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Re: moving more cl seq/mapping support into core

From: Christian Ohler
Subject: Re: moving more cl seq/mapping support into core
Date: Fri, 08 Oct 2010 11:37:07 +0930

 On 6/10/10 9:59, MON KEY wrote:
Does Ohler believe that his CL duplicates are better for their
non-conformance and breaking with both the semantics of both the CL
features and the Common Lisp features? Maybe he finds his duplicates
achieve a desirable performance gain. Or, maybe he just doesn't feel it
worth the trouble to rewrite _all_ of cl*.el.

Because a run-time dependency on cl.el would make it hard for ERT to become part of Emacs and triggers distracting warnings, I reimplemented the subset of CL that ERT requires. I don't think this subset is better than cl.el, and I haven't checked which implementation is faster.

If Ohler implemented his CL feature duplications as a kludge would he
have simply done a (require 'cl) and been done with it were it not for
the CL runtime ban?


And if so, would ERT be better/more correct by so doing?

Better? Probably, since I could have spent my time on other features, and the definitions in cl.el may well be faster than my reimplementations.

More correct? I'm not sure. You are examining the behavior of `ert--remove-if-not' etc. for Common Lisp compliance; but there is no reason why it would have to be, since these functions are just private utilities in ERT. They only provide the subset of CL functionality that ERT requires. They either document that they only work on lists, or signal an error on sequence types that they don't support.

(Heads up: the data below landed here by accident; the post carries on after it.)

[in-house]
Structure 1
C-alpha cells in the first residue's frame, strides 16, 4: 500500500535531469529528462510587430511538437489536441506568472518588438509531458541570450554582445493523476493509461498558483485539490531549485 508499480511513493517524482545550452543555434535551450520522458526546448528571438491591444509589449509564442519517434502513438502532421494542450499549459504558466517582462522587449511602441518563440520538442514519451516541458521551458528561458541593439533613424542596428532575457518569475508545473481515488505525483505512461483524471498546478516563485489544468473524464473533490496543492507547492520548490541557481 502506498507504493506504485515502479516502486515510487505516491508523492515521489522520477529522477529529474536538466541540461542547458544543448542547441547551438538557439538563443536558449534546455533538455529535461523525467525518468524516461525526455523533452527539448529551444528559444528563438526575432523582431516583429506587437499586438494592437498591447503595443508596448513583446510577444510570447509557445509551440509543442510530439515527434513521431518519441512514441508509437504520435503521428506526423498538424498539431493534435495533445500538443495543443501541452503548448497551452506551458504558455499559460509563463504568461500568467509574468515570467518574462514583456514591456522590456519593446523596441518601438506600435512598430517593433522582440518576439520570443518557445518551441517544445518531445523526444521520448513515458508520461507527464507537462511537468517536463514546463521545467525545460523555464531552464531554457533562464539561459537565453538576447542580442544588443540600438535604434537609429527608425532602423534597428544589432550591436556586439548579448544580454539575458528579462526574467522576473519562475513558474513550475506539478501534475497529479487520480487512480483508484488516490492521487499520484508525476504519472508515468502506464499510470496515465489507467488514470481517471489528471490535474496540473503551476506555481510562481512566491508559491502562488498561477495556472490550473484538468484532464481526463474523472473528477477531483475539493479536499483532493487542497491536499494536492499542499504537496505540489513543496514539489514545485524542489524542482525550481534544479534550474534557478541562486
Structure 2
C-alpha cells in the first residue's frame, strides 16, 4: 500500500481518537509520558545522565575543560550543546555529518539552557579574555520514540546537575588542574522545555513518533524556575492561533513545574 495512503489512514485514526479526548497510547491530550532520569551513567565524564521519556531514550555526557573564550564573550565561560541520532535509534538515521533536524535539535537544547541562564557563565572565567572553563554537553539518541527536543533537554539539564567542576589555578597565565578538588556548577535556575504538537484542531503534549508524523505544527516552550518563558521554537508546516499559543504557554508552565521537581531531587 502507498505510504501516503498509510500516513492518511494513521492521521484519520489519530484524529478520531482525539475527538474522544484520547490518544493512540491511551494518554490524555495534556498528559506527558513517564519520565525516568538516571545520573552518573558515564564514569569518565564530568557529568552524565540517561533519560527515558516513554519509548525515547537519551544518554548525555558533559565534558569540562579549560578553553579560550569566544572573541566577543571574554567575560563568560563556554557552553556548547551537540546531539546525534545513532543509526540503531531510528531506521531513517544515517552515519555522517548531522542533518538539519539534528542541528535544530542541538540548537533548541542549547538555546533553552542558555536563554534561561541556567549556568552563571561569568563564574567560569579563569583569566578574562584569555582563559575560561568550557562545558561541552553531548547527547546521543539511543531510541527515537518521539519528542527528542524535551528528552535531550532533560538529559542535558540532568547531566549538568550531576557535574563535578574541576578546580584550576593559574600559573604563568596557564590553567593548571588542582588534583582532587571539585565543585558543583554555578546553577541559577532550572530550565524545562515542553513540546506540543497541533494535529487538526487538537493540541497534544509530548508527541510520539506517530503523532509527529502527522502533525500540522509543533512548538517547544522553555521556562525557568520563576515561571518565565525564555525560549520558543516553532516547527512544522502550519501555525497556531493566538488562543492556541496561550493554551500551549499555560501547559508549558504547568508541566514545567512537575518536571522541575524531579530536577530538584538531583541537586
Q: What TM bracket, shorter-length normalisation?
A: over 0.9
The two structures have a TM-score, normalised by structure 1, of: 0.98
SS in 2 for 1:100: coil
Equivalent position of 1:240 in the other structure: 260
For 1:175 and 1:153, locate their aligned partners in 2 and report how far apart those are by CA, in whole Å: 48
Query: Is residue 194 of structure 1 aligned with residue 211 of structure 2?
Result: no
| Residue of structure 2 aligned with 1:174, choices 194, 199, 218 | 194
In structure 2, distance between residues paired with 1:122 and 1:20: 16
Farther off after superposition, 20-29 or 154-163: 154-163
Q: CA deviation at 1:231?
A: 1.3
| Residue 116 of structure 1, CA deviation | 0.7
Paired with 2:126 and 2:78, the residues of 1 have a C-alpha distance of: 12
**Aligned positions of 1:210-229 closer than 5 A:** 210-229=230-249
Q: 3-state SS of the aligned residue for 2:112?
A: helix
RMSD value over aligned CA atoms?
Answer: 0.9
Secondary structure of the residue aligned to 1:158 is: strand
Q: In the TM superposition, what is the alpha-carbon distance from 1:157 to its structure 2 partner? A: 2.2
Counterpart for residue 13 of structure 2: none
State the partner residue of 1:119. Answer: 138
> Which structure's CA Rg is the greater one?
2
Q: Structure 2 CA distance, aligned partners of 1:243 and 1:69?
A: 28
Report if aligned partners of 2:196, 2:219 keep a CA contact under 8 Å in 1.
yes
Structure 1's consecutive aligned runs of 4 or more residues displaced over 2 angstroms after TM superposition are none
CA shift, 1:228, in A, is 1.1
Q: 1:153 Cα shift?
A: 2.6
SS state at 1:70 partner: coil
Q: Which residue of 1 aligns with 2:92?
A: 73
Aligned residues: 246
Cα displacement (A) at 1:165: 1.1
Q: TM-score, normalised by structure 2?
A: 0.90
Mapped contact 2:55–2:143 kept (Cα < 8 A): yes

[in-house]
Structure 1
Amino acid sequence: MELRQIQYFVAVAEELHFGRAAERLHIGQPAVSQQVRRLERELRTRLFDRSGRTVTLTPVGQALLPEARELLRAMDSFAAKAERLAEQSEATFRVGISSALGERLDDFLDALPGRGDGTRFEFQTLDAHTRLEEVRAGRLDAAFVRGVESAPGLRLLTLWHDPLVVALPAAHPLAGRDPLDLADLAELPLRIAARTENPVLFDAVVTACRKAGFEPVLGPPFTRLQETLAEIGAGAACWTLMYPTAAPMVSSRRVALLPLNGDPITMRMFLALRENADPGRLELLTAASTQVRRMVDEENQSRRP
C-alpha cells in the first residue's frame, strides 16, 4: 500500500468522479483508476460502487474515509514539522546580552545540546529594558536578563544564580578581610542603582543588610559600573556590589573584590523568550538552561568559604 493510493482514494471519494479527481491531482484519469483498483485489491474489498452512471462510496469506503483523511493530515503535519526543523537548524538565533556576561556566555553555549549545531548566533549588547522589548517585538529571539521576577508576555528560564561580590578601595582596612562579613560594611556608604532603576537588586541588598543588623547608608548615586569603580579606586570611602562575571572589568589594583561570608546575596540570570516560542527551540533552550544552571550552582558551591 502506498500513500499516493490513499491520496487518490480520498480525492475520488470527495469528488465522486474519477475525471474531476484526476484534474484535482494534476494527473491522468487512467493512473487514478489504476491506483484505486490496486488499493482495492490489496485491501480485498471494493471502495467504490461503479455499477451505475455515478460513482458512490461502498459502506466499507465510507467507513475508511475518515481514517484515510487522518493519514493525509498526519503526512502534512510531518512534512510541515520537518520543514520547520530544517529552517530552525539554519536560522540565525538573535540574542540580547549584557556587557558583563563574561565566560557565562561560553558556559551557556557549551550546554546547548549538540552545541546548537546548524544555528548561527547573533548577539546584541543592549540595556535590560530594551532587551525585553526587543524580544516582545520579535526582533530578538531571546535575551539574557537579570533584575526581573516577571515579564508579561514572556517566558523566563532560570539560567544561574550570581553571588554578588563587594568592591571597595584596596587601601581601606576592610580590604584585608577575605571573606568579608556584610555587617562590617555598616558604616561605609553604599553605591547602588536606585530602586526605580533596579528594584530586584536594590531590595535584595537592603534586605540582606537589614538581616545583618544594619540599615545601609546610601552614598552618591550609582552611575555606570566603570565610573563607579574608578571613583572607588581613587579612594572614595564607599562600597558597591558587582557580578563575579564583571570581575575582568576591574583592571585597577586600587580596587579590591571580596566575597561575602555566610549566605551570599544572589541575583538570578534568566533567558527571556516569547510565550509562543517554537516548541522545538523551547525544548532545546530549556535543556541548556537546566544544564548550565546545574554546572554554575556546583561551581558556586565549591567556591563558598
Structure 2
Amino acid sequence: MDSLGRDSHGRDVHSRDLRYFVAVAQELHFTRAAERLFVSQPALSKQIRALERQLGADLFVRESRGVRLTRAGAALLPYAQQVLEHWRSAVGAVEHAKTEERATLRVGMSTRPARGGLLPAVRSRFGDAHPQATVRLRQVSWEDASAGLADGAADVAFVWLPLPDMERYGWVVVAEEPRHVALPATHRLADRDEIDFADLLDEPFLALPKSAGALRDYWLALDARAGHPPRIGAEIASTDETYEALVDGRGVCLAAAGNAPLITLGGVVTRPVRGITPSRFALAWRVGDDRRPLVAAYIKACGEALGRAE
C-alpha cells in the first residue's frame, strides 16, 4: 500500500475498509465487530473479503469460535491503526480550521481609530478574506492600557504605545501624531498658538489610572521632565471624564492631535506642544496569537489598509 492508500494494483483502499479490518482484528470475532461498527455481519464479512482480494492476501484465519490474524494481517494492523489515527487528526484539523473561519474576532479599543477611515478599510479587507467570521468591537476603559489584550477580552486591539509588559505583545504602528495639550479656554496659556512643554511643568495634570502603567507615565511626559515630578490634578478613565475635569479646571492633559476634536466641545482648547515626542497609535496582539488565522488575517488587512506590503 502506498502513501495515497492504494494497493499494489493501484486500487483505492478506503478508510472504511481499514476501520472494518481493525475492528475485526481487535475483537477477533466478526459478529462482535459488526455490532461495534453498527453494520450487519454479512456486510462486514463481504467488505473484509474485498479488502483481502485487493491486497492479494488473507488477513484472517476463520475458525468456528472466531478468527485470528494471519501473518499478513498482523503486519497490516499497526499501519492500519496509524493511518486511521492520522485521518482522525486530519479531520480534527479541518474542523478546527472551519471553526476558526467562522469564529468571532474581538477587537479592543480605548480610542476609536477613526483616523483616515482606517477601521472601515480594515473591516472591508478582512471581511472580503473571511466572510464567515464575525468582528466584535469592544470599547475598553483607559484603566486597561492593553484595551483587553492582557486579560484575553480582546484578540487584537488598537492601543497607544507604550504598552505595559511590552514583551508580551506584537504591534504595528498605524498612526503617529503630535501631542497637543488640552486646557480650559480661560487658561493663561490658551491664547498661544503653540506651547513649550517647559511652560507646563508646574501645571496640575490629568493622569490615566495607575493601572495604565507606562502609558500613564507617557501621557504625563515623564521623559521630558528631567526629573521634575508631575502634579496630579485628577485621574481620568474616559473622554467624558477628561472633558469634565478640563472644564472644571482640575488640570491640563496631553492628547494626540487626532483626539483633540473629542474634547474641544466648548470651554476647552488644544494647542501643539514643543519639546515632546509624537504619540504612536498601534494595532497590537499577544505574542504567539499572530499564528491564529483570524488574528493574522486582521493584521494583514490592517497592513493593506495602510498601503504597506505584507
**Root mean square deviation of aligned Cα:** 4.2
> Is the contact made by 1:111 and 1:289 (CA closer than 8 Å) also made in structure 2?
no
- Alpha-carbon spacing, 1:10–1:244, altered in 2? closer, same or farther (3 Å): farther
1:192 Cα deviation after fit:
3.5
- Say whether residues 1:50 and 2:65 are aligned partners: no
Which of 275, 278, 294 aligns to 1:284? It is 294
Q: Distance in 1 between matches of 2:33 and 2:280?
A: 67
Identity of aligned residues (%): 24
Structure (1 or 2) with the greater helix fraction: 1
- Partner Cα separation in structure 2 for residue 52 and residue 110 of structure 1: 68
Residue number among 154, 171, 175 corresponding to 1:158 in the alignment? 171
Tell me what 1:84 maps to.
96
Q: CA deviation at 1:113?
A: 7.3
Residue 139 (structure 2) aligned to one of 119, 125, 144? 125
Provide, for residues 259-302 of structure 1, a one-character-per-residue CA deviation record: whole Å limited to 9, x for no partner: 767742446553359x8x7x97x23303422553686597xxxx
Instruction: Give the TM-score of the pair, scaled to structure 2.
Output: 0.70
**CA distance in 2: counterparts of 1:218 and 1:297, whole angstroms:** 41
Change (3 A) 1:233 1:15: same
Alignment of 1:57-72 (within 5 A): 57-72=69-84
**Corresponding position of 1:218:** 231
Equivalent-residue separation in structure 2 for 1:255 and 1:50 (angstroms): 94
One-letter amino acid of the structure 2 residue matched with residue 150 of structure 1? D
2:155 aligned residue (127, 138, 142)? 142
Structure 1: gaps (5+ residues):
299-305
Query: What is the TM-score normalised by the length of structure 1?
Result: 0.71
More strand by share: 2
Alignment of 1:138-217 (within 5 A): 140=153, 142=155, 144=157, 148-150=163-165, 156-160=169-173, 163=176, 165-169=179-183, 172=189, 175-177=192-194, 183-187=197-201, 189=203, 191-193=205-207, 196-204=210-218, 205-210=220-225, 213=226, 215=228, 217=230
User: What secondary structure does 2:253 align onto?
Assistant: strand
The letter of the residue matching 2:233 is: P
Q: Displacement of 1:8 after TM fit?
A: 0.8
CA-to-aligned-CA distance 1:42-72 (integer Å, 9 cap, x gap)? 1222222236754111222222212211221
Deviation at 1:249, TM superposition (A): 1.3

The check for dotted lists that you are looking for is guaranteed in Common Lisp only in what Common Lisp calls "safe code". In safe code, Common Lisp also guarantees this check for `loop' and `member'; but `loop' and `member' in Emacs Lisp don't have this check. So, ERT's CL-like utility functions behave like unsafe code in this regard, just like other Emacs Lisp functions.

If you have a concrete reason to believe that these functions lead to bugs in ERT, please let me know.

Reimplementing these CL utility functions (in http://github.com/ohler/ert/commit/cdc3dfad4779cb9421a6711f6ef7be522ca8e5b0 ) was actually only part of the work I had to do to avoid a run-time dependency on CL. I also had to implement a special-purpose replacement for `typep' in http://github.com/ohler/ert/commit/bde37b42d0187356cfd747d5ec245b30690c2fcf , and the trickiest part was making ERT's call to `macroexpand' work regardless of whether cl.el is loaded, see http://github.com/ohler/ert/commit/f481a5c2b38a8ccd06b9ddd9c7243409fb583ea2 : If cl.el is loaded, ERT needs to pass two arguments to `macroexpand', only one otherwise. The solution is simple, but figuring out that this problem exists took me a while.


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